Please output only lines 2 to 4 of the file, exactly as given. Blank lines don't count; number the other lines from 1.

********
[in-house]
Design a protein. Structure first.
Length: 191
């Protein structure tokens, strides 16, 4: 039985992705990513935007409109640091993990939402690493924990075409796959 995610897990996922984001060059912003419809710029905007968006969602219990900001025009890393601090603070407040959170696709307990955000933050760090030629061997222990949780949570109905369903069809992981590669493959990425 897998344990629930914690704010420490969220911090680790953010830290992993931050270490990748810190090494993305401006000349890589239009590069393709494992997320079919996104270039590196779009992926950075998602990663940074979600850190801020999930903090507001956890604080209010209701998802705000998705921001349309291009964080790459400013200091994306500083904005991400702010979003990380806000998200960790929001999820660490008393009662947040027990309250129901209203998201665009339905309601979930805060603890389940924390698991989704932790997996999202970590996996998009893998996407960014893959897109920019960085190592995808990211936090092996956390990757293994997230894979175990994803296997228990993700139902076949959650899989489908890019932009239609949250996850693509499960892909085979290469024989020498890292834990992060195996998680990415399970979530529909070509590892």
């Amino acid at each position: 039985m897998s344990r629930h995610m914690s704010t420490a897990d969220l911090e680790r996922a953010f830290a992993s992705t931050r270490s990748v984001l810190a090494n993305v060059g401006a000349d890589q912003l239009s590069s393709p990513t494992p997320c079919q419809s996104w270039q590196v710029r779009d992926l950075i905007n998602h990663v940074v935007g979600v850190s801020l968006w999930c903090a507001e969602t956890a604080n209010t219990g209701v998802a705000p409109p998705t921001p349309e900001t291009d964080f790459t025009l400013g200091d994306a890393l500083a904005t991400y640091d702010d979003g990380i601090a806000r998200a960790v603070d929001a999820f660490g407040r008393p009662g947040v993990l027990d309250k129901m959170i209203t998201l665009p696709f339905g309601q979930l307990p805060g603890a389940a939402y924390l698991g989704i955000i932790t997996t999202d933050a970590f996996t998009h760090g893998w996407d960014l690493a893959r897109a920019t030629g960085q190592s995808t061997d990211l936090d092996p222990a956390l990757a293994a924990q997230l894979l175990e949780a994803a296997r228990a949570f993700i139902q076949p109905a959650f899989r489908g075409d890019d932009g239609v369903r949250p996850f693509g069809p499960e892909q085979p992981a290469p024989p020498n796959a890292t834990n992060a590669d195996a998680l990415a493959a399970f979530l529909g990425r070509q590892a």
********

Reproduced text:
Design a protein. Structure first.
Length: 191
């Protein structure tokens, strides 16, 4: 039985992705990513935007409109640091993990939402690493924990075409796959 995610897990996922984001060059912003419809710029905007968006969602219990900001025009890393601090603070407040959170696709307990955000933050760090030629061997222990949780949570109905369903069809992981590669493959990425 897998344990629930914690704010420490969220911090680790953010830290992993931050270490990748810190090494993305401006000349890589239009590069393709494992997320079919996104270039590196779009992926950075998602990663940074979600850190801020999930903090507001956890604080209010209701998802705000998705921001349309291009964080790459400013200091994306500083904005991400702010979003990380806000998200960790929001999820660490008393009662947040027990309250129901209203998201665009339905309601979930805060603890389940924390698991989704932790997996999202970590996996998009893998996407960014893959897109920019960085190592995808990211936090092996956390990757293994997230894979175990994803296997228990993700139902076949959650899989489908890019932009239609949250996850693509499960892909085979290469024989020498890292834990992060195996998680990415399970979530529909070509590892």